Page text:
If I was building an advisory board, why would I give someone like Stowe 1% or more and others the typical .2%-.5% worth of equity (initial equity structure)? This can create a disincentive for the other advisors to put in their sweat since there would be such a large gap between an "advisor capitalist" and themselves in terms of equity but probably not in terms of time and effort. I'm speaking from my own experiences with advisors. As I posted before, some advisors you get to sit and be pretty on your board while others you have to play an active role in building your startup.

Even in my current role as an advisor to a mobile social networking play, I received the typical amount of equity (.2%-.5%). I communicate at least once a week with this startup, active in introductions, and active in their strategic development. Should I ask for more equity? No. From my own experience with advisory boards, I don't think such activity warrants more equity. Stowe goes as far to state:

I believe we will see this boosted 5X, 10X, or more, to attract and retain powerful ACs.

Again I see this as positioning, and I also see this as crazy. Why would I give any advisor 2.5%-5%+ of my initial equity? Maybe if a contract was created where this advisor devotes 20+ hours per week. Even then would I sign up someone like Stowe who doesn't have significant capital raising experience? Who cannot advise me on deal structure and provide their personal insights into the capital raising process? Hells no!

Fred Wilson discusses the importance of cash at risk in the relationship between entrepreneurs and VCs or angels that Stowe misses, but more important is the fact that most of these early-stage companies will need a significant amount of cash to succeed. Forget the del.icio.us and Measure Map acquisitions by Yahoo! and Google out there, the vast majority of startups need more than $20,000 or a few hundred thousand to become sustainable companies. Since this is the reality for most companies, so the only situation where I would even consider giving an advisor more than .5% is if they had signficiant experience raising capital and building out companies. For strategy sessions with an "industry thought leader," I would rather read their blog or buy a book than give up 1% or more.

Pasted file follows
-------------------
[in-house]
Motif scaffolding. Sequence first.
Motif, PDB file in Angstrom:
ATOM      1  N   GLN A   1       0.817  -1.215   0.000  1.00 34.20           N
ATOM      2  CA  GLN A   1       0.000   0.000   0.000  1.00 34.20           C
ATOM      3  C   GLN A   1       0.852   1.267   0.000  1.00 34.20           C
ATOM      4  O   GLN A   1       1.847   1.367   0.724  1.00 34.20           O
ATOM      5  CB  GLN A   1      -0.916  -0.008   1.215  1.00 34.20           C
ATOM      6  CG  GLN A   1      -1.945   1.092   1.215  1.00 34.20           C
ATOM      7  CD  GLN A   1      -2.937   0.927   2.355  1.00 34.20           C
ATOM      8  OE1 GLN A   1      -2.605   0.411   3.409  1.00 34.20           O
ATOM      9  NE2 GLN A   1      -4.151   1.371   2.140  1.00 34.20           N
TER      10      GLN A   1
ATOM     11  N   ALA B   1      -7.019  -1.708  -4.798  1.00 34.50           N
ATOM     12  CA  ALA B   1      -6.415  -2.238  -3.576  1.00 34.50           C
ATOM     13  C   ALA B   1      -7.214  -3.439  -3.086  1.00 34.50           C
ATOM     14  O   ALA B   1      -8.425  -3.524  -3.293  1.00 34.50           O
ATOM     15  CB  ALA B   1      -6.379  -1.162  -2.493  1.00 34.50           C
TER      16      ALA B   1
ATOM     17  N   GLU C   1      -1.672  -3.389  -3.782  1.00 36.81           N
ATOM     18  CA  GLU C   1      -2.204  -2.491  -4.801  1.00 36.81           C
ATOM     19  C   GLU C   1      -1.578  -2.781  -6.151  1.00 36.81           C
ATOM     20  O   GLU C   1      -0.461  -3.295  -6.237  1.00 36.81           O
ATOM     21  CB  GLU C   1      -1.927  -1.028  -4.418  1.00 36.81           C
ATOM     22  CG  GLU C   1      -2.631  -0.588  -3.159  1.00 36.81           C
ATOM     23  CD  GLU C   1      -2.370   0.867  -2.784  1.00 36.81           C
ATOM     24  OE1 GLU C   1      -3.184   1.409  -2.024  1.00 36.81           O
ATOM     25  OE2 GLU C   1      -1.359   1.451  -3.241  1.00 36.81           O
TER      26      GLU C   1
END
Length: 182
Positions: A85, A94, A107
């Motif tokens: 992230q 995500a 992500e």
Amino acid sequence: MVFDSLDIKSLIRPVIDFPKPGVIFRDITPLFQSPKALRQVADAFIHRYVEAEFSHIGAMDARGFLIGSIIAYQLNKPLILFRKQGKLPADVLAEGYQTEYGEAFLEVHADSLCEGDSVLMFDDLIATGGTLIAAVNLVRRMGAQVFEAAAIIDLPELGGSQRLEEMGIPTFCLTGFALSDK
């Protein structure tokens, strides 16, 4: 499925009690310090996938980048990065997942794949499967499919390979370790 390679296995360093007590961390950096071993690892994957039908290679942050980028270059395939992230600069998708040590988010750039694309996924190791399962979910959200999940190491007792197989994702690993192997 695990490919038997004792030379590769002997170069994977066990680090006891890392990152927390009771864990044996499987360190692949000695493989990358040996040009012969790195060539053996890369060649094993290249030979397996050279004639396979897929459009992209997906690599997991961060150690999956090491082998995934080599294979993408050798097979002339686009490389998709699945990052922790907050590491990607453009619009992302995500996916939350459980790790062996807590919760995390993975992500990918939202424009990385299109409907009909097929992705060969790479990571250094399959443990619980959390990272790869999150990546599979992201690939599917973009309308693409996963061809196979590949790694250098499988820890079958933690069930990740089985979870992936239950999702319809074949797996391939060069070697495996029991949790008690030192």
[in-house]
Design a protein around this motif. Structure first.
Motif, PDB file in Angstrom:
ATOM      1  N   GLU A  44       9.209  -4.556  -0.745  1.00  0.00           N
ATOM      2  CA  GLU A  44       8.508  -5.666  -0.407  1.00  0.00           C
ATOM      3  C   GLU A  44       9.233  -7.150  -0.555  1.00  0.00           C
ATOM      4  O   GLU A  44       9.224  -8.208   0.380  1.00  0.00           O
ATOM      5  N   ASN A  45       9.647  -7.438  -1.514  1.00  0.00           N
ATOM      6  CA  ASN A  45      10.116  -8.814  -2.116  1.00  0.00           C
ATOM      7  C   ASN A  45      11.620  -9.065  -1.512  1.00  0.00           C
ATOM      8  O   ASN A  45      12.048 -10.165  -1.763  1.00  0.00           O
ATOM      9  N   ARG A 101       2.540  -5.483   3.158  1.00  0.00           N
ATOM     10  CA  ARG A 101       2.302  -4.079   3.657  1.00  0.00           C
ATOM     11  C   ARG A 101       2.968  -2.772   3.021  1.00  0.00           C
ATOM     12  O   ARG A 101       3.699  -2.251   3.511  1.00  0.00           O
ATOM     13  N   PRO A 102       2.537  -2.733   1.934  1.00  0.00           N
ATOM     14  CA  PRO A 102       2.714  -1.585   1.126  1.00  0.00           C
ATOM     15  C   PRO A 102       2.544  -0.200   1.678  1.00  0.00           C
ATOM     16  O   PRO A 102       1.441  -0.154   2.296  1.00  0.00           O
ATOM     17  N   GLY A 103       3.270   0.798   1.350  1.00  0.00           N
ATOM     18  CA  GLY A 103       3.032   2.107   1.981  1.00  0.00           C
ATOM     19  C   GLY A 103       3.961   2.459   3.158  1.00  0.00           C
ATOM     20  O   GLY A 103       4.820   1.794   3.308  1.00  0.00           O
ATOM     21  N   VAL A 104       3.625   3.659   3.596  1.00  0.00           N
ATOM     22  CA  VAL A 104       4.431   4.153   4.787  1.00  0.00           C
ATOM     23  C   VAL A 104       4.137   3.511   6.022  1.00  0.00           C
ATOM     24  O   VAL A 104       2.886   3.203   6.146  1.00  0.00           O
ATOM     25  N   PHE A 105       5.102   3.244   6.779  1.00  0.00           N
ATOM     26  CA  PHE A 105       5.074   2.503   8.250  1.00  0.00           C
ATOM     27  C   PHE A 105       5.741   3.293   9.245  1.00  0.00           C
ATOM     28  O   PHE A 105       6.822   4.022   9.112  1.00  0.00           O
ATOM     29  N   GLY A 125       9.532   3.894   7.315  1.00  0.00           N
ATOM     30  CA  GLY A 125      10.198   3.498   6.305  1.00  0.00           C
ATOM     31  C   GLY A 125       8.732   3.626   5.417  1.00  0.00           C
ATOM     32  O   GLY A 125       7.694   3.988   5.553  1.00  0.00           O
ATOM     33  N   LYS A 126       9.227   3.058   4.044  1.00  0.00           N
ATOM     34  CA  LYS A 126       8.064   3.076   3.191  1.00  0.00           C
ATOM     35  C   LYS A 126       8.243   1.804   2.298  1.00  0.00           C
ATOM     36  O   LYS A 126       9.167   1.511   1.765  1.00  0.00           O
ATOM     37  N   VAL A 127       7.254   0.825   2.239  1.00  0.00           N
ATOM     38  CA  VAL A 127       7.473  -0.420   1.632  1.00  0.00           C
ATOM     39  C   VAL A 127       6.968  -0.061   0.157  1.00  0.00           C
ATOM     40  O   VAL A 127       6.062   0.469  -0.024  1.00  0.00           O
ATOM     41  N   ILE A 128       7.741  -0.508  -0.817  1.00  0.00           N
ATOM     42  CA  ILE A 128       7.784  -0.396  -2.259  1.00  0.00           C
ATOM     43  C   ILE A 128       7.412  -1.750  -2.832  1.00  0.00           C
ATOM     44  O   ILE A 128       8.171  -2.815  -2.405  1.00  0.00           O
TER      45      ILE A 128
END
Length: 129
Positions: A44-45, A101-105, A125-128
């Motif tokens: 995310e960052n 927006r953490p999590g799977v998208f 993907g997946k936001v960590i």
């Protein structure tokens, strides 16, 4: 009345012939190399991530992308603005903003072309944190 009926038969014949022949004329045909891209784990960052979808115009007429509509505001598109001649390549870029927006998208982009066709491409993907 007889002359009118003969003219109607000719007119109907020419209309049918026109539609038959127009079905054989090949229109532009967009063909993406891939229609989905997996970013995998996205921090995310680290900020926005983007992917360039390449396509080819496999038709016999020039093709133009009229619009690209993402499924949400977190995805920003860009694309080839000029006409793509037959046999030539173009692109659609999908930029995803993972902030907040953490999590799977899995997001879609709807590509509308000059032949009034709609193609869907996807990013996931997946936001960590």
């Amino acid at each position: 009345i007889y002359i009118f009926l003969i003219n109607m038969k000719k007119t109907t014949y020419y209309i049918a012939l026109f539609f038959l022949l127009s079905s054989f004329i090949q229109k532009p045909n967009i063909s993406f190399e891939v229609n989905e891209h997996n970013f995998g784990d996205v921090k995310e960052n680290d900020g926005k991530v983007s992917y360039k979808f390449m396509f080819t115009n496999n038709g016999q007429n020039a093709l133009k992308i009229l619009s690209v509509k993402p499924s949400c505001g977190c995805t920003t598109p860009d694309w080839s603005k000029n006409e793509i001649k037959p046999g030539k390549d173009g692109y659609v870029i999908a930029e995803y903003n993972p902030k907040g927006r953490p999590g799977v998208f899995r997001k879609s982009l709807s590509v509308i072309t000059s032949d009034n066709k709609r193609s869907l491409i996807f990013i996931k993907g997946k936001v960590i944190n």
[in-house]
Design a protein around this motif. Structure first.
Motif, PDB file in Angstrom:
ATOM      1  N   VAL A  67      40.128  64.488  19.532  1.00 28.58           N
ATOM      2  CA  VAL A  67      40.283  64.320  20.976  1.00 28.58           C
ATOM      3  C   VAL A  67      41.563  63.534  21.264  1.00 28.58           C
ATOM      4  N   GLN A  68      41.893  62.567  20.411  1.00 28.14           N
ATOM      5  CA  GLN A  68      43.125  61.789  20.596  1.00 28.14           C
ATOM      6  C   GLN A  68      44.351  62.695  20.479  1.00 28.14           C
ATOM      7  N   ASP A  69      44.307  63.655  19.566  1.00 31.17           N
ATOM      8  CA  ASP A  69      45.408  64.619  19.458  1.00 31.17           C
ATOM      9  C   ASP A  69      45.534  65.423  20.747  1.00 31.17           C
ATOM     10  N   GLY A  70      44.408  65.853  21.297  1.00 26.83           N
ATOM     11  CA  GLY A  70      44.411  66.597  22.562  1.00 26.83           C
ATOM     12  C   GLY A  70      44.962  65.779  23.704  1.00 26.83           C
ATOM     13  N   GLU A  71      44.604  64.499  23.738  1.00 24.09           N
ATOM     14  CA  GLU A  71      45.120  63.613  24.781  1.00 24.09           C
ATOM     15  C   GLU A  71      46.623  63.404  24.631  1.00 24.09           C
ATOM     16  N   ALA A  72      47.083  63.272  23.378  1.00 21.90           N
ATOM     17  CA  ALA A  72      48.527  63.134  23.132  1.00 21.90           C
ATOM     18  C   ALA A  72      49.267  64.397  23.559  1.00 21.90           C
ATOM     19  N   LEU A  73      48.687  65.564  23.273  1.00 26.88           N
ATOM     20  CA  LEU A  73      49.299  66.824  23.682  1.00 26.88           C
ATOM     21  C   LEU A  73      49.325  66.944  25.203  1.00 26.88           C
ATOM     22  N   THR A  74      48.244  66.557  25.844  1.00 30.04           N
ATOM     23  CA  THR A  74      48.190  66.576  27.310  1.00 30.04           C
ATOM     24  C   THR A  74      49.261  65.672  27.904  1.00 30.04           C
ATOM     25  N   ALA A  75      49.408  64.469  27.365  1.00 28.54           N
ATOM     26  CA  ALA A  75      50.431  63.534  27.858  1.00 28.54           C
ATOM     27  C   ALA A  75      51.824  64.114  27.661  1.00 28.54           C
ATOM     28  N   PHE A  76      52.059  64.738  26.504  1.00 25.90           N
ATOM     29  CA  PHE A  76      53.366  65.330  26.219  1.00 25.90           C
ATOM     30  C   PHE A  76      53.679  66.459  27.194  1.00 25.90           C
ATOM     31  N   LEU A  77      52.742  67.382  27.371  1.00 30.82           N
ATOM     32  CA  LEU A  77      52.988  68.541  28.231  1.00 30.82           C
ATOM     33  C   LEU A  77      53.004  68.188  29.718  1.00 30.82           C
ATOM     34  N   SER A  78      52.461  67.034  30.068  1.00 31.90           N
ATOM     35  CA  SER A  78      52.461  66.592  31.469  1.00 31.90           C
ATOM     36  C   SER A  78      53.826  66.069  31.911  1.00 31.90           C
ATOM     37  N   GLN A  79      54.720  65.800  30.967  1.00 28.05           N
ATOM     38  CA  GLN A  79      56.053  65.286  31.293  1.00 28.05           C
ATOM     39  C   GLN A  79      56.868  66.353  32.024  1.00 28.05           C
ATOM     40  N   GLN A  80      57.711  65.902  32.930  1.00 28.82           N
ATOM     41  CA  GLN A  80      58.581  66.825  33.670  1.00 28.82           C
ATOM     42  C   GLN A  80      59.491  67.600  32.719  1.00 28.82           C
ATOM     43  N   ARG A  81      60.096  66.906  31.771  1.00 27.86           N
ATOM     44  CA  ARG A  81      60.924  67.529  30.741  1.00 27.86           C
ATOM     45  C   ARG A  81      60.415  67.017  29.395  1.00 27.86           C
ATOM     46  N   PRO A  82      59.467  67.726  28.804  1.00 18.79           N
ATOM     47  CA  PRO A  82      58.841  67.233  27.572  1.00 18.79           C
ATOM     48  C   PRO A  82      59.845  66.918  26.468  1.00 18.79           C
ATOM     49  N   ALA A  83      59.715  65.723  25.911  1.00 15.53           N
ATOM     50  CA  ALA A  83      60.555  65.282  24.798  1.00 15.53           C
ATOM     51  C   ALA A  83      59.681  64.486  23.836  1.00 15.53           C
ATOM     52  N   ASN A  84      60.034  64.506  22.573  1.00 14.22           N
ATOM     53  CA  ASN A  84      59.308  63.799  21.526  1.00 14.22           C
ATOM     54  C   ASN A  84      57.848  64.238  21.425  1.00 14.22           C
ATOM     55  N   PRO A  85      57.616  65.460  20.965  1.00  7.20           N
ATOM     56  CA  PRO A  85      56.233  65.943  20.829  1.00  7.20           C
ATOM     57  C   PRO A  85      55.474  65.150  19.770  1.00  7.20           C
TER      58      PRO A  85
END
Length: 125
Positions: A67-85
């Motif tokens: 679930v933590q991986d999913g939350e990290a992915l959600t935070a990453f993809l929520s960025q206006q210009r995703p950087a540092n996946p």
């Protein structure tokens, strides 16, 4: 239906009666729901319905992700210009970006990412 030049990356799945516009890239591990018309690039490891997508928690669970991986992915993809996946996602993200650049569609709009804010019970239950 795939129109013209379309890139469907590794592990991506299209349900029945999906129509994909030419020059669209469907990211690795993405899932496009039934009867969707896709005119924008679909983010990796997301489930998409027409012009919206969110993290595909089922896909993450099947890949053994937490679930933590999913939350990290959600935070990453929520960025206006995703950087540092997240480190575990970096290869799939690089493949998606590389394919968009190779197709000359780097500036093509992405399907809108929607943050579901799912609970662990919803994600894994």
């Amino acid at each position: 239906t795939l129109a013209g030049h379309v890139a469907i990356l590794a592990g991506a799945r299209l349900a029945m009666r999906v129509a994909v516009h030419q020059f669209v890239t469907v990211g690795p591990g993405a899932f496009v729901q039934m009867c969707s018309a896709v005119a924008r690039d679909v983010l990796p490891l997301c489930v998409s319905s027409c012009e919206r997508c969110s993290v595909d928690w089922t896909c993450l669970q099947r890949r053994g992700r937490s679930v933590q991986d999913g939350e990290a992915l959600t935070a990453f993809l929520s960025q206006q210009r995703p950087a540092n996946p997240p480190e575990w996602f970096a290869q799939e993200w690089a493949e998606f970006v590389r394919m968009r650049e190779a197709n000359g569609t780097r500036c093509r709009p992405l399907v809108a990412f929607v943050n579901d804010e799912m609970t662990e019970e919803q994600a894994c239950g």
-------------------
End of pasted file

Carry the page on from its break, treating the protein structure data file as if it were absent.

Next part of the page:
Wednesday, February 15, 2006

Building An Advisory Board For Your Startup

Ross Mayfield has great post on "Advisorship" which I'll piggyback off of and discuss some approaches to building the best board possible for a startup. An excerpt from his post:

In this post, I'll describe the origins of Advisorship, what it takes to run an effective Board of Advisors and the benefits, how to handle conflicts of interest and best practices for disclosure.

Building a Board of Advisors is one of the first tactics any startup should employ. Initially, this construct was used by startups with a high degree of technical complexity with Technical Advisory Boards largely with experts from academia and research. Companies increasingly employed Business Advisory Boards to help them with business development and strategy beyond the activies of the Board of Directors. During the bubble, Technical Advisory Boards also played a role in driving sales and partnership.
(full post)

Not everyone is a Ross Mayfield or another well-connected entrepreneur to gather the leading thinkers and practitioners within his or her space. Especially if you're at the concept stage, it takes resourcefulness and persistence to build a solid advisory board.